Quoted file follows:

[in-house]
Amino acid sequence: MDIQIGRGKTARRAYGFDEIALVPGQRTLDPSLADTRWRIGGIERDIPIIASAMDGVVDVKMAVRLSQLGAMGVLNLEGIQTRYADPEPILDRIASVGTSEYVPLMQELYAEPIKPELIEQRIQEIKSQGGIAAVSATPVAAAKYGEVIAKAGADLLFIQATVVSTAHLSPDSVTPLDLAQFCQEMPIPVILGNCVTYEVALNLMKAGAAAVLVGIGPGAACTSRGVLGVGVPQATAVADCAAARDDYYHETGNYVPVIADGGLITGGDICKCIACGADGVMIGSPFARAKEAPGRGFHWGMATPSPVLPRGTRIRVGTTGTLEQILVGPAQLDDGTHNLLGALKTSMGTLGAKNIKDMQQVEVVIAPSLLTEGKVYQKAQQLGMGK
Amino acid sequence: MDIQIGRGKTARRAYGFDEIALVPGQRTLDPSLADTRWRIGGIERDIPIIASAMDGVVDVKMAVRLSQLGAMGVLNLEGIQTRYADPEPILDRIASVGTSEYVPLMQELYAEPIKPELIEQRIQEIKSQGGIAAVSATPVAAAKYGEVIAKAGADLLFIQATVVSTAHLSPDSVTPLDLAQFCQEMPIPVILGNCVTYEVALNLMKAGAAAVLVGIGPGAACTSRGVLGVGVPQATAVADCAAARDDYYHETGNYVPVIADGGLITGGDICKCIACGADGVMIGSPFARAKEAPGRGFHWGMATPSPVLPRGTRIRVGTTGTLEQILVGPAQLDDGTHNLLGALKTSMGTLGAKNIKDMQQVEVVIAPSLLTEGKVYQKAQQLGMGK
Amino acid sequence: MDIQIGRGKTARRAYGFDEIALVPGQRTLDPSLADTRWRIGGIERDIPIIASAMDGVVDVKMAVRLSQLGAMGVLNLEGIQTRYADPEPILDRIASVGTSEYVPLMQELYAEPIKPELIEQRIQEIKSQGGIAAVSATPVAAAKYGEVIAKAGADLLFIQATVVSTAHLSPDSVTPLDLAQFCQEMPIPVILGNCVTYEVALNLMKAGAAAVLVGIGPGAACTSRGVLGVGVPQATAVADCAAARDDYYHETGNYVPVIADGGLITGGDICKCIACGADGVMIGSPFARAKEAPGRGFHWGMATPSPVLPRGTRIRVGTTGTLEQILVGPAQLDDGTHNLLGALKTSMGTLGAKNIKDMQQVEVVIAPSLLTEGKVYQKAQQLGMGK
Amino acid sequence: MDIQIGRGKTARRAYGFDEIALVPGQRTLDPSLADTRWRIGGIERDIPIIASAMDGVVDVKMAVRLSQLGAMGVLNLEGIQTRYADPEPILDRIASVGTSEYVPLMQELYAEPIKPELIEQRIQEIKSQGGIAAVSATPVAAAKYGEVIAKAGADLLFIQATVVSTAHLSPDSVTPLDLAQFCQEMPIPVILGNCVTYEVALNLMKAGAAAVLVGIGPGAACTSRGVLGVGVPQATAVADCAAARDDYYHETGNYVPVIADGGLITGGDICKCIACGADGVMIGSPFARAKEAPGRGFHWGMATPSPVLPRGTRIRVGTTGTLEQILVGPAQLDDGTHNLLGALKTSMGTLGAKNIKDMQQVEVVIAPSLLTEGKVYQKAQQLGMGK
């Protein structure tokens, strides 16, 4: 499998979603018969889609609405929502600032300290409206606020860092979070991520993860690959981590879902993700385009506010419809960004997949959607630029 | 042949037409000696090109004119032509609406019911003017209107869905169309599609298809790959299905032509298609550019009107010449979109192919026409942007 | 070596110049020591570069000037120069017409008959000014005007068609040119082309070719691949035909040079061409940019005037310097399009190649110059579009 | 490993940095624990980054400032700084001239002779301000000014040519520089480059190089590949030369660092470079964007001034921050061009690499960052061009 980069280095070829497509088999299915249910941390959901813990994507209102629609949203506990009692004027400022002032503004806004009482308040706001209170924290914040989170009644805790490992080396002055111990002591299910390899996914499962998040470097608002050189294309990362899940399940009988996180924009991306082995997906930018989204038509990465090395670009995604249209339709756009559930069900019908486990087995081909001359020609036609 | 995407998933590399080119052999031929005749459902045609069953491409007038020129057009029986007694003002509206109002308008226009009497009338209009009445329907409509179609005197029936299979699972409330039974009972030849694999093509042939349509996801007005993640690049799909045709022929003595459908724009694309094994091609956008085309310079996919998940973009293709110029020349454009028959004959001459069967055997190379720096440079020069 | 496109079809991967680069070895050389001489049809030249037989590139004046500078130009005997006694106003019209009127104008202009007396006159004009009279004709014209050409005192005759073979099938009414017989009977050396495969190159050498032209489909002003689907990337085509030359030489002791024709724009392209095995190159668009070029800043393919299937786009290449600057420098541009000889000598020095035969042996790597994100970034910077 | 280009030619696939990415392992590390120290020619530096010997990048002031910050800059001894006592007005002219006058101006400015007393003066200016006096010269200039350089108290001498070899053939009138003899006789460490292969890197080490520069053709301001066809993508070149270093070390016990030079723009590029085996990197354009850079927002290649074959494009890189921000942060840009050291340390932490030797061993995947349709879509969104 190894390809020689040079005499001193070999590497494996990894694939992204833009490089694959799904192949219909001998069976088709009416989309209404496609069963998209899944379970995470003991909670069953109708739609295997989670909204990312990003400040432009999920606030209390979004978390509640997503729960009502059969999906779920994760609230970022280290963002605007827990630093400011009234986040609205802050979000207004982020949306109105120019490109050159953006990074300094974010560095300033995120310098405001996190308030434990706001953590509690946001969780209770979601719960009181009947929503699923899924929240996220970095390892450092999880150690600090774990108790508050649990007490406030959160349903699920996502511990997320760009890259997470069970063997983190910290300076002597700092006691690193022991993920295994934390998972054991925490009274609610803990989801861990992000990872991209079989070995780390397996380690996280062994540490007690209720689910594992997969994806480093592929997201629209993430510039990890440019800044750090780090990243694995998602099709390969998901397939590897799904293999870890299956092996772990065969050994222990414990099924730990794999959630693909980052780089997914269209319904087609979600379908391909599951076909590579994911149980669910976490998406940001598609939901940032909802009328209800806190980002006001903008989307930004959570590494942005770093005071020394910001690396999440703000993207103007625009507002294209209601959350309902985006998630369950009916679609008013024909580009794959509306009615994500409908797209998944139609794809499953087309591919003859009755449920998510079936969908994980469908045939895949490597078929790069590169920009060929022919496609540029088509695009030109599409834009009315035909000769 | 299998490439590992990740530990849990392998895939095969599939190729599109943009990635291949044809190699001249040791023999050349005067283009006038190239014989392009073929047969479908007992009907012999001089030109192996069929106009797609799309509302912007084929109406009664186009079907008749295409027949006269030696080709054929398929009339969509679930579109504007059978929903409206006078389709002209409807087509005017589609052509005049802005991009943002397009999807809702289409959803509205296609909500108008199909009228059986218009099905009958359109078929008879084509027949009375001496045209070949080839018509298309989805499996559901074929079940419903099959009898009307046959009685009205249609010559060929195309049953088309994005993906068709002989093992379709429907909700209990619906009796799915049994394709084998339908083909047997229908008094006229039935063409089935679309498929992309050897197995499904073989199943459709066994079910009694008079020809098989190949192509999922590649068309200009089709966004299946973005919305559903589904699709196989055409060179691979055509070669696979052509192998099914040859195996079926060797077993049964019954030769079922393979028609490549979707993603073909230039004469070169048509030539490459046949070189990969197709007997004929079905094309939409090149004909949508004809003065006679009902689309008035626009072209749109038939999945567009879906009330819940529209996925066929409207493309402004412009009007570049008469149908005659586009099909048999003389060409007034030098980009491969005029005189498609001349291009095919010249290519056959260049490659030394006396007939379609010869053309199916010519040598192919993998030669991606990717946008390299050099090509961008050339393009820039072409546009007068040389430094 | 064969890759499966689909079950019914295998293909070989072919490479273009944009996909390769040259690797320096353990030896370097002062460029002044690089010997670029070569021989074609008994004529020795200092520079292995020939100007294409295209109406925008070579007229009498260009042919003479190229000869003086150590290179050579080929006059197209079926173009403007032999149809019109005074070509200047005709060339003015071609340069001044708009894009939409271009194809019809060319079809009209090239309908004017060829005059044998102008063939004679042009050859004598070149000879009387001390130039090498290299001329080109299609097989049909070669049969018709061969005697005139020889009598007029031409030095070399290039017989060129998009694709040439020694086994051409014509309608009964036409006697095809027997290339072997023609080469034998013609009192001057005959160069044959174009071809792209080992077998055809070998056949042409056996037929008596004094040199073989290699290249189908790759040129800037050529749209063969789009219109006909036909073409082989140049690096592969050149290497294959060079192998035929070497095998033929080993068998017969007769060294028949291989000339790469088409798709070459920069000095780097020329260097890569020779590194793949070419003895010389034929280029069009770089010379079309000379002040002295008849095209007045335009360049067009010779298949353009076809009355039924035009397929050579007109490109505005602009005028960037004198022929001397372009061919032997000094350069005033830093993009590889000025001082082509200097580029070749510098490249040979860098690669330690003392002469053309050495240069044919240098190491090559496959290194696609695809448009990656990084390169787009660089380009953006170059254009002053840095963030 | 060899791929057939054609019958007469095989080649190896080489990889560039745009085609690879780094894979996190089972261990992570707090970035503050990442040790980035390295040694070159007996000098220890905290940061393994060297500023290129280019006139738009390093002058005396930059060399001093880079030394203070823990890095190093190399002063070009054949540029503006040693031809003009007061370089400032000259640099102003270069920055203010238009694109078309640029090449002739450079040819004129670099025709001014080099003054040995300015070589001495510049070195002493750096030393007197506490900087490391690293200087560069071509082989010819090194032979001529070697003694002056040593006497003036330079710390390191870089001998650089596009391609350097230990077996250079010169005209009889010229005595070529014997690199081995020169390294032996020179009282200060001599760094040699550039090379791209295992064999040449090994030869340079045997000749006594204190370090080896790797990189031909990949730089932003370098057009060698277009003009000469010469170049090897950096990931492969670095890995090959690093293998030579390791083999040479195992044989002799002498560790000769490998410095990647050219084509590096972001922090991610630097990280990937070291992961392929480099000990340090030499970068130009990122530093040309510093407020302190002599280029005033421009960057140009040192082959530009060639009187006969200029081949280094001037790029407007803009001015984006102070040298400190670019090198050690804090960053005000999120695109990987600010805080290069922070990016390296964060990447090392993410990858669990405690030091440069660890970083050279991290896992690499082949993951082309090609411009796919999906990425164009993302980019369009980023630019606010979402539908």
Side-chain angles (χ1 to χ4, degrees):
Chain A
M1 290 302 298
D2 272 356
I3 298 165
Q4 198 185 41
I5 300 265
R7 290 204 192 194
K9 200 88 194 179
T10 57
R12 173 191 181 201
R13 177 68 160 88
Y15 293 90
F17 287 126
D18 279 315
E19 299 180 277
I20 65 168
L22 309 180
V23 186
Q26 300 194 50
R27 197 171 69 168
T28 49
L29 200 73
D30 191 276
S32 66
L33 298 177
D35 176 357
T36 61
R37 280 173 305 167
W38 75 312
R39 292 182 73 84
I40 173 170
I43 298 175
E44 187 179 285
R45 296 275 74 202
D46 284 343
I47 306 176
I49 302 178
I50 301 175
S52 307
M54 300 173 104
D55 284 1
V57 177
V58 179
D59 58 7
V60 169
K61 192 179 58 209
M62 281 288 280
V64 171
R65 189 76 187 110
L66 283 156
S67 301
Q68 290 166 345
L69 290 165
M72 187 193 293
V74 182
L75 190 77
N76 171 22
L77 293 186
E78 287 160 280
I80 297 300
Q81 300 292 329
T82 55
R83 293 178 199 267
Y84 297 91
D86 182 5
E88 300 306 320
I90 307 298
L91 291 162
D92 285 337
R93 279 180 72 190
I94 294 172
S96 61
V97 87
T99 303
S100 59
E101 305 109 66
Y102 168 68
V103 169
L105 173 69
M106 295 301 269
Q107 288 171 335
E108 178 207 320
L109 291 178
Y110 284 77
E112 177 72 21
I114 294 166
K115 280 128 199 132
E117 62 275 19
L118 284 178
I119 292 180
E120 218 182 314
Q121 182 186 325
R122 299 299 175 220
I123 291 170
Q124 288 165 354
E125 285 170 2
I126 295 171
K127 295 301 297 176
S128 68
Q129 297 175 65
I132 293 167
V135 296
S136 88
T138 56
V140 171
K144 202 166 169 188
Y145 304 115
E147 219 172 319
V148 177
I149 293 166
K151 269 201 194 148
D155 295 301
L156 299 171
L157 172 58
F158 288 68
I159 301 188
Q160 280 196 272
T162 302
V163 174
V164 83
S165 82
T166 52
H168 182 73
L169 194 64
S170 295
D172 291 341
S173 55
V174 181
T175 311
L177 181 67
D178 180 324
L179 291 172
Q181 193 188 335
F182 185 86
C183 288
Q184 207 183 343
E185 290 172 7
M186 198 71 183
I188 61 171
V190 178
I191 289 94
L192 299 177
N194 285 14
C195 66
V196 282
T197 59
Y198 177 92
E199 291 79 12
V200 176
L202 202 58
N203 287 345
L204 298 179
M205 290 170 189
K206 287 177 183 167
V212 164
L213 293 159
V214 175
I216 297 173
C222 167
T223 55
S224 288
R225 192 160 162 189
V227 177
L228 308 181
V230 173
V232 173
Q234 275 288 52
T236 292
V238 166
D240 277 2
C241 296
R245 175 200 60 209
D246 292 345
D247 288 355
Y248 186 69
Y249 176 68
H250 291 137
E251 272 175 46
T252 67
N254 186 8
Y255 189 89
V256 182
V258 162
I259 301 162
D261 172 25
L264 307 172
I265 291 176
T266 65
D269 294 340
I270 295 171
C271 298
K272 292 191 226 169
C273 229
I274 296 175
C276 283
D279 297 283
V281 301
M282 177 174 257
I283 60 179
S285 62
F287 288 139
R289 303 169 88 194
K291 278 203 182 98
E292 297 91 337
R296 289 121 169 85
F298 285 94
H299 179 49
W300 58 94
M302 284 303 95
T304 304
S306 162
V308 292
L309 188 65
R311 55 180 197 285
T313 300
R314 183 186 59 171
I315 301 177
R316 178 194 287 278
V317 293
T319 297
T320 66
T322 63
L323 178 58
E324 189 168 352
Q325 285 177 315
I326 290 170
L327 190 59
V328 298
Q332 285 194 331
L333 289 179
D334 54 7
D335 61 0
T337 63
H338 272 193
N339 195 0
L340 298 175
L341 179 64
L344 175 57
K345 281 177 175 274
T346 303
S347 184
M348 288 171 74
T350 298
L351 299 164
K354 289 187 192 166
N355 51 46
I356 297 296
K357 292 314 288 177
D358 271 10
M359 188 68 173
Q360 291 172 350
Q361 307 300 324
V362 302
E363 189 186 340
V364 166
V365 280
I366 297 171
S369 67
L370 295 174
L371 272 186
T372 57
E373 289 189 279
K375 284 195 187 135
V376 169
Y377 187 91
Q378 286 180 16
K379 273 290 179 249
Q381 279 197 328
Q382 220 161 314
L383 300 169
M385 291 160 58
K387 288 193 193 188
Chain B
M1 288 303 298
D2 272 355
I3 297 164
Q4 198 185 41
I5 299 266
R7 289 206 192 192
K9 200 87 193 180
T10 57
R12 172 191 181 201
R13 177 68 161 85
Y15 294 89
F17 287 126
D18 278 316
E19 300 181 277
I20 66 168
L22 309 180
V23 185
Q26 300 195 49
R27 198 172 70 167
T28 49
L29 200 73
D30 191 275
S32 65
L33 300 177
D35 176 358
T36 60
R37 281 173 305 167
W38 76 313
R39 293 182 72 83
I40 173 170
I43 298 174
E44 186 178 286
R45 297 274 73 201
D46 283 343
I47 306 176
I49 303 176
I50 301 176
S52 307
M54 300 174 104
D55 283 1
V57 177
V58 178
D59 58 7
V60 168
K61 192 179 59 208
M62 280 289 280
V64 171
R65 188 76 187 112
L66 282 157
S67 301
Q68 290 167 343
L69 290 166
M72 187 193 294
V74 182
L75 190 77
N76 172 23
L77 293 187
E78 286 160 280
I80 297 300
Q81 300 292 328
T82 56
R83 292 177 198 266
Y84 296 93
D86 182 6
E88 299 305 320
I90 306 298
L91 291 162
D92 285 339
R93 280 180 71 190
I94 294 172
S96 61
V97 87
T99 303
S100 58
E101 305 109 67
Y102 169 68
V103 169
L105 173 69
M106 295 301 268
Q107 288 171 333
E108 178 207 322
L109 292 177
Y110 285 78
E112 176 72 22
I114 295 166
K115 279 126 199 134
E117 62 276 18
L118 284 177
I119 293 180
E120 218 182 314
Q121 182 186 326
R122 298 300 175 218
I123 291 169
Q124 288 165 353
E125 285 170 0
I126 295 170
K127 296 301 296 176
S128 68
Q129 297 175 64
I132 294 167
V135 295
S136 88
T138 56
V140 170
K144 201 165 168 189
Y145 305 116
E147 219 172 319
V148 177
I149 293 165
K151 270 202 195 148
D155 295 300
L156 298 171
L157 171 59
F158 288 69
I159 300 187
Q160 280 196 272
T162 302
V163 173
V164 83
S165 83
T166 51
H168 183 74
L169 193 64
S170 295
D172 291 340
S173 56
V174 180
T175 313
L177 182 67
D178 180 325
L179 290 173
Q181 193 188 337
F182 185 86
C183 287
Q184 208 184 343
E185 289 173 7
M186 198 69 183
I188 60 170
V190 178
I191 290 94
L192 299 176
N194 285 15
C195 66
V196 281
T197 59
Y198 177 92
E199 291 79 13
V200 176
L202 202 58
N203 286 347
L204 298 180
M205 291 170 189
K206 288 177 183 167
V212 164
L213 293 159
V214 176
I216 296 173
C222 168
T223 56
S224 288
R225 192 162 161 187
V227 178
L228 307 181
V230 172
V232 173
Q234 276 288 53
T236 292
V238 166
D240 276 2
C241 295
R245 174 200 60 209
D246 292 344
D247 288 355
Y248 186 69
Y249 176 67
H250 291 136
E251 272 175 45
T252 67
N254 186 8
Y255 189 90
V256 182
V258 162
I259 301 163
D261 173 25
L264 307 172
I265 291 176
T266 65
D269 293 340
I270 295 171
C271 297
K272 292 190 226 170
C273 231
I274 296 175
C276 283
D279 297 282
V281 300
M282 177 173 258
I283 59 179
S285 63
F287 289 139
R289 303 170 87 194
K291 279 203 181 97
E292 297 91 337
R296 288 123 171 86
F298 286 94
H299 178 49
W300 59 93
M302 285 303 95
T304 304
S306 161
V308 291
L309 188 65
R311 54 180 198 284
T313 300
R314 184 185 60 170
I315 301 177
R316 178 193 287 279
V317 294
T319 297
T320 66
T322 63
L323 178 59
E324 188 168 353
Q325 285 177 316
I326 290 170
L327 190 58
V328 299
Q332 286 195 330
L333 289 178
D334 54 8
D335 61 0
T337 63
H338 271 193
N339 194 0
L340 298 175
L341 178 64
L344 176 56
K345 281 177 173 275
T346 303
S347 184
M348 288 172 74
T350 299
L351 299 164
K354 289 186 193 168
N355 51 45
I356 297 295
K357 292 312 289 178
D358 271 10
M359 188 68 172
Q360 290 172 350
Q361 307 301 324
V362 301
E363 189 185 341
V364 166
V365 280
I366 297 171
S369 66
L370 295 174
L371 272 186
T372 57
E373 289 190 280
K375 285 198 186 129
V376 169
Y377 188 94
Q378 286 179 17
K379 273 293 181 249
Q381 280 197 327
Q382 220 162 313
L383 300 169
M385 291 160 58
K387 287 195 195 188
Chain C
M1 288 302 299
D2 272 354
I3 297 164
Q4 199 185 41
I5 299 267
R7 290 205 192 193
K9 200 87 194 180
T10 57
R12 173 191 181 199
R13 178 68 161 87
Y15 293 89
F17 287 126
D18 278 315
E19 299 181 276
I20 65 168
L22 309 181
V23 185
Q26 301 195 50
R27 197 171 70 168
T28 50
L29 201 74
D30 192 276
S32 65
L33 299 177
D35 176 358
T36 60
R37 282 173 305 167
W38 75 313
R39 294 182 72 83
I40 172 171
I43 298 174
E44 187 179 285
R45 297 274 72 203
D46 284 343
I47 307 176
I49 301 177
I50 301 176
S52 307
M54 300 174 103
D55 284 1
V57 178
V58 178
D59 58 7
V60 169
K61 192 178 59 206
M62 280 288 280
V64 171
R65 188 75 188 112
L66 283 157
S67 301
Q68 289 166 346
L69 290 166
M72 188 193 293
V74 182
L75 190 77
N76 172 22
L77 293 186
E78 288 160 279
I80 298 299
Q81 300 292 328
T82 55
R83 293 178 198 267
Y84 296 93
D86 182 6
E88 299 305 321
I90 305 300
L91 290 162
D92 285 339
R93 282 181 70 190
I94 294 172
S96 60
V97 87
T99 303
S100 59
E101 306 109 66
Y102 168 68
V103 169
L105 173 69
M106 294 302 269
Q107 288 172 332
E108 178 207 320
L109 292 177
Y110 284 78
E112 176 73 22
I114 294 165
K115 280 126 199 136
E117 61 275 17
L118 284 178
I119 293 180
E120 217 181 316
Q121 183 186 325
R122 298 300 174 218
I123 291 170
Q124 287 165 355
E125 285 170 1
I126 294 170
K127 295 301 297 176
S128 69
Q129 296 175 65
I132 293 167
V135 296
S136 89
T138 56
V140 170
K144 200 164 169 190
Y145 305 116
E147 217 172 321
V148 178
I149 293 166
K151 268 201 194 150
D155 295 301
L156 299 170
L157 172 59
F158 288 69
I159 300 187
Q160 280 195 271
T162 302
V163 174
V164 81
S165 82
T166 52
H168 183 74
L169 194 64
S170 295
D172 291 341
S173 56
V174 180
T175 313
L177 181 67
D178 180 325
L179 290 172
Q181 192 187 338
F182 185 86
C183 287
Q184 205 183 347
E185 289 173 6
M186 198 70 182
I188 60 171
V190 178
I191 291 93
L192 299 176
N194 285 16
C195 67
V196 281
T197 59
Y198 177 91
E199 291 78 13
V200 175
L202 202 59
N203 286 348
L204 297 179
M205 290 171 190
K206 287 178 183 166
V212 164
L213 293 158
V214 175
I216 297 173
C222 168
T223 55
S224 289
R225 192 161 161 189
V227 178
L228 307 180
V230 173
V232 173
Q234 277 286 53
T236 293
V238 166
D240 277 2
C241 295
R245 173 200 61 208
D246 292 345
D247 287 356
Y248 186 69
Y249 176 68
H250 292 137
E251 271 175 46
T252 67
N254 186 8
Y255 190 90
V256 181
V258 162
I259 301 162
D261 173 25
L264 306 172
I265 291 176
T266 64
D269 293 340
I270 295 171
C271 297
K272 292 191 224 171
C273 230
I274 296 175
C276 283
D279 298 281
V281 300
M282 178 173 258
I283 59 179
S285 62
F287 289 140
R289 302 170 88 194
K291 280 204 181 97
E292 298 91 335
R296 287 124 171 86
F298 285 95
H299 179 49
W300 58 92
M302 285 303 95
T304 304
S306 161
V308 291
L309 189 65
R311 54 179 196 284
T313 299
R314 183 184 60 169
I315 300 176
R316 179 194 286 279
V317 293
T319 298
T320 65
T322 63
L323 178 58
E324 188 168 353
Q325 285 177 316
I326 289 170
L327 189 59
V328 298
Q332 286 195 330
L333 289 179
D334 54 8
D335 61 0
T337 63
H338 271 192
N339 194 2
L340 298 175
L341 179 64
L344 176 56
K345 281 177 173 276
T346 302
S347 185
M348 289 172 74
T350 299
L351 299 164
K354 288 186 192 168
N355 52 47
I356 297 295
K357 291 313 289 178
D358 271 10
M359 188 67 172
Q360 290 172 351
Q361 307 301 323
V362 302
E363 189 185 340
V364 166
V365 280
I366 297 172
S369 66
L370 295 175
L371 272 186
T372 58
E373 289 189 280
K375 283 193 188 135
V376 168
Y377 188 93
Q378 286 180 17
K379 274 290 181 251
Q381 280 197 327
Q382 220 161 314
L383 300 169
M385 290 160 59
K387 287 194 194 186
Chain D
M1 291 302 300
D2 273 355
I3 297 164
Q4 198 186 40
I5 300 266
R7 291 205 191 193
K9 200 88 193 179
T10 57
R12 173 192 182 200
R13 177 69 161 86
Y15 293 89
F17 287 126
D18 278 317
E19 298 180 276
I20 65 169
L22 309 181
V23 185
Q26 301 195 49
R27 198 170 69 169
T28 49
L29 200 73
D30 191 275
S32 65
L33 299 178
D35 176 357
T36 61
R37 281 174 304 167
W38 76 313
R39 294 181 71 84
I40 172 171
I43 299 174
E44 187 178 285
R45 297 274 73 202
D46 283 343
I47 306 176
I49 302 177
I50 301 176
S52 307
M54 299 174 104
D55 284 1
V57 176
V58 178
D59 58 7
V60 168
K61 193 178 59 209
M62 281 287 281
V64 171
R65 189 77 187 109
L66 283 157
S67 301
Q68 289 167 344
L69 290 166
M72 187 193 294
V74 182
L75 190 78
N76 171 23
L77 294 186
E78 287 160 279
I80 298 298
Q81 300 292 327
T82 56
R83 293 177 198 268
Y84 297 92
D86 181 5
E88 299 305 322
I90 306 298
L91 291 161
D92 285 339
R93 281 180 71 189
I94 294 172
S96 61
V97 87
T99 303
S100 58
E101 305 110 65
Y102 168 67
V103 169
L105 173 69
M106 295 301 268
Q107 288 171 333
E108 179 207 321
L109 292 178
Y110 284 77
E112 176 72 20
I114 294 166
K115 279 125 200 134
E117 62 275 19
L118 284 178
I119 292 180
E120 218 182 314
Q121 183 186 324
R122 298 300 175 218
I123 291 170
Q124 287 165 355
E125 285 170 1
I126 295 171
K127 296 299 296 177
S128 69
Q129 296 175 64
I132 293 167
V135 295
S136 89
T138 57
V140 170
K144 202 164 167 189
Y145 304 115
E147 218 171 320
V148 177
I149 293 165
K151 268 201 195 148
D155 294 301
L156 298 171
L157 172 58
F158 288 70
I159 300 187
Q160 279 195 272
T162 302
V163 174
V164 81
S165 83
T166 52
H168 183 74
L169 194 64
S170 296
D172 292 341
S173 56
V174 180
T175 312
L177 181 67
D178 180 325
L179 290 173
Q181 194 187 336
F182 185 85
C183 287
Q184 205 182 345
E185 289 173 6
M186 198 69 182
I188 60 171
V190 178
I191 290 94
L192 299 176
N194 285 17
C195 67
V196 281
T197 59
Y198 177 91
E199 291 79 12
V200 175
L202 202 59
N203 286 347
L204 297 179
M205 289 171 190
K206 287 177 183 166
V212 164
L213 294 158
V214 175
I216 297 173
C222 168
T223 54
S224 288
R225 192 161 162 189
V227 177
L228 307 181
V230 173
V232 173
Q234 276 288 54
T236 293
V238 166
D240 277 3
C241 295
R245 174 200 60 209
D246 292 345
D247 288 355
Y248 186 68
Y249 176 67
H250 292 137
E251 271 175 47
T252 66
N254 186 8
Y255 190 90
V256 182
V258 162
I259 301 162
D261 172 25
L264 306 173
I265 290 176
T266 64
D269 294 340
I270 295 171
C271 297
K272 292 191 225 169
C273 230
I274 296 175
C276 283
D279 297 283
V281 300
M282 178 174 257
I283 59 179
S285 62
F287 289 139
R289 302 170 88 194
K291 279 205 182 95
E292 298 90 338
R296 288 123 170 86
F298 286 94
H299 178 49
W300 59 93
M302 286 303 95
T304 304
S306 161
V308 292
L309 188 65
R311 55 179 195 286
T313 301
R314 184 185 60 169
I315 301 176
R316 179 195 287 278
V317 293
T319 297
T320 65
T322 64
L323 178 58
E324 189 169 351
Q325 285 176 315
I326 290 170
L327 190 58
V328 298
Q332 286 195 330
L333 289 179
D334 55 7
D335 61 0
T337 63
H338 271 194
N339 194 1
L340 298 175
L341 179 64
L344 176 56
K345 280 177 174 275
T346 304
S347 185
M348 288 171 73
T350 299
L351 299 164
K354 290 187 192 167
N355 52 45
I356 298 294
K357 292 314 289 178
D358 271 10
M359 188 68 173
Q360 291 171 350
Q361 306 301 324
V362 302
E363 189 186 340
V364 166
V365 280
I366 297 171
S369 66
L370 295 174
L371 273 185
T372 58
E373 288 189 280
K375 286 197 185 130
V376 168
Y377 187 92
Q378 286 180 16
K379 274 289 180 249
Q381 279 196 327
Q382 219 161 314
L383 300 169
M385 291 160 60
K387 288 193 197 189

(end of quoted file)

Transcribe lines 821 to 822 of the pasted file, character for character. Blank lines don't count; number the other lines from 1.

L383 300 169
M385 290 160 59